Opinion polls have been discredited, after Mr Morrison won a majority on May 18 despite the Coalition losing 55 consecutive Newspolls.

Ms Levine, whose own polling company wrongly predicted a 52 to 48 per cent victory for Labor four days before the election, said many voters simply changed their mind in the polling booth.

‘They’re squirming because in fact they did come back at the end of the day and vote Liberal and they almost can’t believe they did it,’ she said.

‘Somebody when I was talking about this said, “Shy Liberals, give me a break”.’ 

Ms Levine said voters who told pollsters they preferred Labor’s climate change policies were also opposed to the Opposition’s plan to scrap negative gearing for existing properties and deprive some share-owning retirees of franking credits.

‘For them, it was a financial issue, one or other of the taxes that impacted personally despite them desperately wanting to see themselves as progressive and see themselves as pro the environment and good people,’ she said. 

The Sydney Morning Herald and The Age, now owned by Nine, have dropped their contract with polling company Ipsos after it got the election result badly wrong.

Just minutes before voting closed, Ipsos had the ALP leading the Coalition 51.5-48.5 while Newspoll showed Labor was ahead 52 to 48 per cent, after preferences. 

In June 2010, Kevin Rudd (pictured) had himself become the first-ever first-term PM to be overthrown by his own party, after his deputy Ms Gillard relied on his unpopular mining tax proposal to launch a leadership coup

In June 2010, Kevin Rudd (pictured) had himself become the first-ever first-term PM to be overthrown by his own party, after his deputy Ms Gillard relied on his unpopular mining tax proposal to launch a leadership coup

Galaxy was also tarnished, with its Saturday night exit poll putting Labor ahead 52 to 48, wrongly showing swings to the Opposition in New South Wales, Victoria and Queensland which didn’t materialise.

Mr Morrison’s ‘miracle’ victory was so stunning because the government had lost virtually every opinion poll since 2016.

On Saturday night, his Coalition government was re-elected for a third consecutive term, winning the election 51.44 per cent compared with 48.56 per cent for Labor.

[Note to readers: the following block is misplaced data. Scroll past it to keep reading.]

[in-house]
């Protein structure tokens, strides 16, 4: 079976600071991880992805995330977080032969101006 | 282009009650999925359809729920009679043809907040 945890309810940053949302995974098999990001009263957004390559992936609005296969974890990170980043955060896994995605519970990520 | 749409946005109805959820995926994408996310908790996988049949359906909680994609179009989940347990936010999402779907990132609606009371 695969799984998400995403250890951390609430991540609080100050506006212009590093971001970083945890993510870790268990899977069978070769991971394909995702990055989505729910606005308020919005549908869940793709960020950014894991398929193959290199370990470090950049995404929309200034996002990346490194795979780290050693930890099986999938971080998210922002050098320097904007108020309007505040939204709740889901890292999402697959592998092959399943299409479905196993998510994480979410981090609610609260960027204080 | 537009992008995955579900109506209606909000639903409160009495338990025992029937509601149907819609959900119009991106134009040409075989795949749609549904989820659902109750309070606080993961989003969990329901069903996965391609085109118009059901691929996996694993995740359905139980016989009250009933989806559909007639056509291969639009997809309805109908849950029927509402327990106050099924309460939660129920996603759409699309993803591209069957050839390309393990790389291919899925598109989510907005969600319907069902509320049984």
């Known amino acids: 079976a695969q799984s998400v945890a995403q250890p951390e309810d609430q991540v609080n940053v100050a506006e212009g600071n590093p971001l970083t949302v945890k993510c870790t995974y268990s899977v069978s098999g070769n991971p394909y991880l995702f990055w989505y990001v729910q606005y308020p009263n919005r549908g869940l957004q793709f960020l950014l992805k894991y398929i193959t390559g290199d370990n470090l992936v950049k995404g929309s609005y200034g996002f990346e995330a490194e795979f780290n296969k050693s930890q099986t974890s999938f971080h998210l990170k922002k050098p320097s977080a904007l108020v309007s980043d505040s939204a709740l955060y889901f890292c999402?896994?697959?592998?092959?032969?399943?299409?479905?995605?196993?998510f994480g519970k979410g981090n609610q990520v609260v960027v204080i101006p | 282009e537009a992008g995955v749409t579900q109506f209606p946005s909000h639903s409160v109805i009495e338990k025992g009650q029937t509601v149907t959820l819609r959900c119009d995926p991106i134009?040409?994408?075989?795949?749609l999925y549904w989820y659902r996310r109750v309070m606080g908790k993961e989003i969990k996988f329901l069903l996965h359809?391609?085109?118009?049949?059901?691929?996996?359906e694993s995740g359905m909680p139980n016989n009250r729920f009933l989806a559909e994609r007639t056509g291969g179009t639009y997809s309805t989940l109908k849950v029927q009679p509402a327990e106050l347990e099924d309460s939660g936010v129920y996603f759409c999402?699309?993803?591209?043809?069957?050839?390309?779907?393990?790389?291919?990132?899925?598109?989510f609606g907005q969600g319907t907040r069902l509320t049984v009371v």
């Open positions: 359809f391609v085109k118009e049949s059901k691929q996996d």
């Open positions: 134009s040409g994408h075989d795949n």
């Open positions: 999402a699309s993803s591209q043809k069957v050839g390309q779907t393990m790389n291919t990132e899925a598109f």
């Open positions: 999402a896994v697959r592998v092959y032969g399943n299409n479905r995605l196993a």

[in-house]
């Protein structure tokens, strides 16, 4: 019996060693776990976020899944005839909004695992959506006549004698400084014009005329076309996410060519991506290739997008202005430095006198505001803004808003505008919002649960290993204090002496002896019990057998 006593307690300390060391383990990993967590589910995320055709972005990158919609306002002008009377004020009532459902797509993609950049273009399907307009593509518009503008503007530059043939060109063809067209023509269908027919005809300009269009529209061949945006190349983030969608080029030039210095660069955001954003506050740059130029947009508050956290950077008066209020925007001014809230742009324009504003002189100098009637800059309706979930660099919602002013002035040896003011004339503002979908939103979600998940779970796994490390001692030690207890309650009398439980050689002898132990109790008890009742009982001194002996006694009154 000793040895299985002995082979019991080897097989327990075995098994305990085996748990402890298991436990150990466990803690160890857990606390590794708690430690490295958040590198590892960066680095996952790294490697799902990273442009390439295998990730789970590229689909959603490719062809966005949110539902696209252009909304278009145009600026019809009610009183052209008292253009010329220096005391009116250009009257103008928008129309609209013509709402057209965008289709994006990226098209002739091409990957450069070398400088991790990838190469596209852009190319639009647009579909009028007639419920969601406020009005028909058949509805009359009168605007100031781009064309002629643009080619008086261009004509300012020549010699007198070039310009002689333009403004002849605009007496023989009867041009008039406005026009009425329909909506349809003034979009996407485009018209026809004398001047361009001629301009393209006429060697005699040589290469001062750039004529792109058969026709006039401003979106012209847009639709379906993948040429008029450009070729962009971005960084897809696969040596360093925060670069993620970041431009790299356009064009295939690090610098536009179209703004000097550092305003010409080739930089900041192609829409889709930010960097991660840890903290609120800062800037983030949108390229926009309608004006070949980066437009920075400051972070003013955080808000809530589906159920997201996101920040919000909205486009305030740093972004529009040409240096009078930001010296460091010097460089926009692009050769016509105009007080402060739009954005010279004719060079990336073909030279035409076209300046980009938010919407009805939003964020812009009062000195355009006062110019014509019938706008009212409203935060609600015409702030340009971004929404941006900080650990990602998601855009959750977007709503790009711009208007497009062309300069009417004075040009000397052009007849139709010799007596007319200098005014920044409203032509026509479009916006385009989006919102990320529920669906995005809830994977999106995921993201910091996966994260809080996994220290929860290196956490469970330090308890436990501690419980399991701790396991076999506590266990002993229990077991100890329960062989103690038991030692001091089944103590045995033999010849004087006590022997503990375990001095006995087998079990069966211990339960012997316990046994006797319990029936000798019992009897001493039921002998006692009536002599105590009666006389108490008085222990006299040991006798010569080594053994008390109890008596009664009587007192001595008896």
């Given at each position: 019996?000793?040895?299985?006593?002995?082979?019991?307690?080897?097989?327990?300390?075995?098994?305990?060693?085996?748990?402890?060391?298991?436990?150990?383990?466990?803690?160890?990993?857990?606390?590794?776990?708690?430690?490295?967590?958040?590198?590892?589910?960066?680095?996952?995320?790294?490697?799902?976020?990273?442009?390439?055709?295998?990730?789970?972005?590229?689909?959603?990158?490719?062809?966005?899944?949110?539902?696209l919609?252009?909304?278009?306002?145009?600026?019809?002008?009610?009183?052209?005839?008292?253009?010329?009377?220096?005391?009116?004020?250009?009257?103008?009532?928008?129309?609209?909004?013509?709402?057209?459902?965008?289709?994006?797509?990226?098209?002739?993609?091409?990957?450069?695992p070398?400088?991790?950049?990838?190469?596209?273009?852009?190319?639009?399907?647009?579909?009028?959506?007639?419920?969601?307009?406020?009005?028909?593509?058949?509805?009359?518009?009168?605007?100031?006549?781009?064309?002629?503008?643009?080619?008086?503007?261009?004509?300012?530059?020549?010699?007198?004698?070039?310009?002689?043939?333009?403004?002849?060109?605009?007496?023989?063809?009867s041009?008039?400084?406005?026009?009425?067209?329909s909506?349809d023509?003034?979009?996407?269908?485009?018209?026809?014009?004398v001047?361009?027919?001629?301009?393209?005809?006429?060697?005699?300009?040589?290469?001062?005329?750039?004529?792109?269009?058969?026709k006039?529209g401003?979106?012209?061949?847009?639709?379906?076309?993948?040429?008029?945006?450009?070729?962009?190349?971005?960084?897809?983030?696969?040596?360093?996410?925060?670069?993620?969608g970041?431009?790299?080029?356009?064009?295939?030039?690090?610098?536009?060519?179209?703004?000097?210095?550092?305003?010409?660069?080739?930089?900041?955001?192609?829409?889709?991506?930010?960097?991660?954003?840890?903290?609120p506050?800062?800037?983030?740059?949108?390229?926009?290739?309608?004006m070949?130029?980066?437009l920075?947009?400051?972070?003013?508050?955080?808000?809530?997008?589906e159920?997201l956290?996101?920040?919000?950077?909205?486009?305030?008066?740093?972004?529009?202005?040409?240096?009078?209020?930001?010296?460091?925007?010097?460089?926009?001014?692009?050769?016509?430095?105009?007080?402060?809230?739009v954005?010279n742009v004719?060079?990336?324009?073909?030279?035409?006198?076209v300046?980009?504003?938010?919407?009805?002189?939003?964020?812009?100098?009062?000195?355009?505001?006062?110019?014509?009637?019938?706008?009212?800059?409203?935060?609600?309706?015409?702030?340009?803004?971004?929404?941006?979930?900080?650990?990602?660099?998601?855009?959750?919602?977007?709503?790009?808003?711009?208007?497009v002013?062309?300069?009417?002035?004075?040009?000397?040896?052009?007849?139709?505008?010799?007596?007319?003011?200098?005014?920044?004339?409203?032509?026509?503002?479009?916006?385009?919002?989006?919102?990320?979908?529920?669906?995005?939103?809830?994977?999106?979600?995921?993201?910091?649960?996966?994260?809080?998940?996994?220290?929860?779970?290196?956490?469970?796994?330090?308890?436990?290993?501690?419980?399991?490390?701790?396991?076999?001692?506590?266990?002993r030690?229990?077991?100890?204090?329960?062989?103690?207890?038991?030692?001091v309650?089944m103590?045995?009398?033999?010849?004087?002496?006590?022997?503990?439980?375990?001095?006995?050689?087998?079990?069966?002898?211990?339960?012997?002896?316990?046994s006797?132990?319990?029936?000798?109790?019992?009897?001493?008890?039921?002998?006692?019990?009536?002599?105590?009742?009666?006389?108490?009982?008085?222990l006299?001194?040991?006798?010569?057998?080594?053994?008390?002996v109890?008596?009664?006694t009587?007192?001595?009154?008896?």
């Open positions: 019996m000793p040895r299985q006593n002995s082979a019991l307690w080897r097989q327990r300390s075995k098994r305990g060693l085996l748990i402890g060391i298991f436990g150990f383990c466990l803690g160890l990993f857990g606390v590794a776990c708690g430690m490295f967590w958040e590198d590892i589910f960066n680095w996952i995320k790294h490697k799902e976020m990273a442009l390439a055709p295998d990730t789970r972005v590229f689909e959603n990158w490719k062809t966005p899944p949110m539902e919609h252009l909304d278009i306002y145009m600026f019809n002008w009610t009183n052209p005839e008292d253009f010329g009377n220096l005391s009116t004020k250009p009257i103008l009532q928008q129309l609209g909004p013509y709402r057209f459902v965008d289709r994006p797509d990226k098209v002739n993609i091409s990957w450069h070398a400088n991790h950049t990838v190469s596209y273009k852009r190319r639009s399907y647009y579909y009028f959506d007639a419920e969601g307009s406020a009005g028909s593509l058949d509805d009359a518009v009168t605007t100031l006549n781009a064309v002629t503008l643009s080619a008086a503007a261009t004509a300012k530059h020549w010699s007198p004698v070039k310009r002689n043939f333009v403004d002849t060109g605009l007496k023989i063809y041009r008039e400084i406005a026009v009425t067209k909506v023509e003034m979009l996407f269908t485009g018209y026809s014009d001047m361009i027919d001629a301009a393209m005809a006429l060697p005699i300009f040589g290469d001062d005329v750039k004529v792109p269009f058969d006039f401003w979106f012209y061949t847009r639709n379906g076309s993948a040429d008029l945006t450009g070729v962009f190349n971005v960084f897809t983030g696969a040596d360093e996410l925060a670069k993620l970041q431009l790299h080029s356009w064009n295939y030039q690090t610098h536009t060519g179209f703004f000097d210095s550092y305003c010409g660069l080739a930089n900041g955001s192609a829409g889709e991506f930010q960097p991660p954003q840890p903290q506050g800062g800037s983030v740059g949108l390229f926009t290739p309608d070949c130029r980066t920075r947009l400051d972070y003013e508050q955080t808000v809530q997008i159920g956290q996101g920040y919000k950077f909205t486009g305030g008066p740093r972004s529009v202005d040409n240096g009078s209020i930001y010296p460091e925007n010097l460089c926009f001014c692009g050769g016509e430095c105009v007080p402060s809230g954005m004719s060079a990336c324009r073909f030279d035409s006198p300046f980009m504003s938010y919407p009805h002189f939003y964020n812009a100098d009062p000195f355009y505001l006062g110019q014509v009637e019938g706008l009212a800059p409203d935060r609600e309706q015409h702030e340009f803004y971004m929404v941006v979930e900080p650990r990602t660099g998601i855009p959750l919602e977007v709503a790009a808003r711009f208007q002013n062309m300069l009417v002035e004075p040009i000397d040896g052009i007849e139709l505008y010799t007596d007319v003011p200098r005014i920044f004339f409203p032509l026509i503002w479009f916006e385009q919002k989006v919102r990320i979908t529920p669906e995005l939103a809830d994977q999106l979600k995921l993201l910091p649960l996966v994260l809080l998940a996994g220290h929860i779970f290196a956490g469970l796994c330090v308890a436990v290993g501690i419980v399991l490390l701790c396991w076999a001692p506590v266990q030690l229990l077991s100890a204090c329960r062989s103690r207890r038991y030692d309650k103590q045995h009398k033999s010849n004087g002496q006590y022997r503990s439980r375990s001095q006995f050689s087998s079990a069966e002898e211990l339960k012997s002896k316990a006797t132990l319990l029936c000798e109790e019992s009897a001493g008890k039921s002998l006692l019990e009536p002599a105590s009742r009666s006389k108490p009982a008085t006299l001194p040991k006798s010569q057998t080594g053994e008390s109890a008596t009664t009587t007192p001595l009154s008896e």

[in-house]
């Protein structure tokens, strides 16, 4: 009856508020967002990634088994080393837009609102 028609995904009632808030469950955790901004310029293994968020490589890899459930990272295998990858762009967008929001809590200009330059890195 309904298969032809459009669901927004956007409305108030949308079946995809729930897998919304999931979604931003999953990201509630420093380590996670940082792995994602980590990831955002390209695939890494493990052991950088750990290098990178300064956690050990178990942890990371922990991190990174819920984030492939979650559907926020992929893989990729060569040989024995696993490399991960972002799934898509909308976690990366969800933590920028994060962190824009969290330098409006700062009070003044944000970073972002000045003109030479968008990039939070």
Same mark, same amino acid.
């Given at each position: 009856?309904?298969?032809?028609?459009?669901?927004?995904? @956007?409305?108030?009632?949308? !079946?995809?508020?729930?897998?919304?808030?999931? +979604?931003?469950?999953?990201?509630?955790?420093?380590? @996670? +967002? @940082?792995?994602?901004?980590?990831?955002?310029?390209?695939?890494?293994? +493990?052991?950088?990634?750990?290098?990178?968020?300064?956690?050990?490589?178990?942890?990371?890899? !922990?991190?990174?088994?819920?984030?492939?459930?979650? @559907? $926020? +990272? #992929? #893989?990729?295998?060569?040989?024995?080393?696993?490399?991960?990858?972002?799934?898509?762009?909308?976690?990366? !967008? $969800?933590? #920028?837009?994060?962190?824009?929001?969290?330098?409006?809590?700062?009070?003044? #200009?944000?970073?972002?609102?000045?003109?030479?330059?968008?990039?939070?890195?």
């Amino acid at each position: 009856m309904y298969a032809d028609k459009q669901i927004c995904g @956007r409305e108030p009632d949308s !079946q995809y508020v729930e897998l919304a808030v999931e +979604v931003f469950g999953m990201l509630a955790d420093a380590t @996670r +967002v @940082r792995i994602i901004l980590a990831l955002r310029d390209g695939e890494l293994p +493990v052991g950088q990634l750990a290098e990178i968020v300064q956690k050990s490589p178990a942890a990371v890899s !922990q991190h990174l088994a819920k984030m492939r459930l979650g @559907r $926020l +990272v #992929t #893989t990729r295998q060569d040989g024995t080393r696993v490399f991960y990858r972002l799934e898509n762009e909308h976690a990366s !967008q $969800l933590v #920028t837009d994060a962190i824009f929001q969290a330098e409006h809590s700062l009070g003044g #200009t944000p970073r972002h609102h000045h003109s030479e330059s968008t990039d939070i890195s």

The Liberal and National parties won 78 seats in the expanded 151-seat House of Representatives compared with 67 for Labor, which lost the Townsville-based seat of Herbert in north Queensland, Lindsay in Sydney’s west and Braddon in western Tasmania.

The Liberal Party is ahead in the northern Tasmanian seat of Bass and Macquarie taking in Sydney’s outer-west and the Blue Mountains, Australian Electoral Commission returns show.

Three years later, he used Julia Gillard's unpopularity to justify a second leadership challenge

Three years later, he used Julia Gillard’s unpopularity to justify a second leadership challenge

Labor is only marginally ahead in former deputy prime minister and treasurer Wayne Swan’s old northern Brisbane seat of Lilley, in an election which saw big swings against the Opposition across Queensland from the south-east corner to the state’s north.

Under outgoing Labor leader Bill Shorten, the Opposition only picked up Gilmore on the NSW South Coast, where there was local Liberal Party infighting, and the Victorian seats of Corangamite and Dunkley, both of which were already notionally Labor following redistributions. 

Labor failed to pick up any seats from the Liberal Party in Melbourne’s middle-distance suburbs, despite betting agencies including Sportsbet forecasting a Labor victory in Chisholm. 

Opinion polls and betting markets, however, had correctly predicted that Mr Abbott would lose his Sydney northern beaches electorate of Warringah to Winter Olympic skiier Zali Steggall.  

Read more at DailyMail.co.uk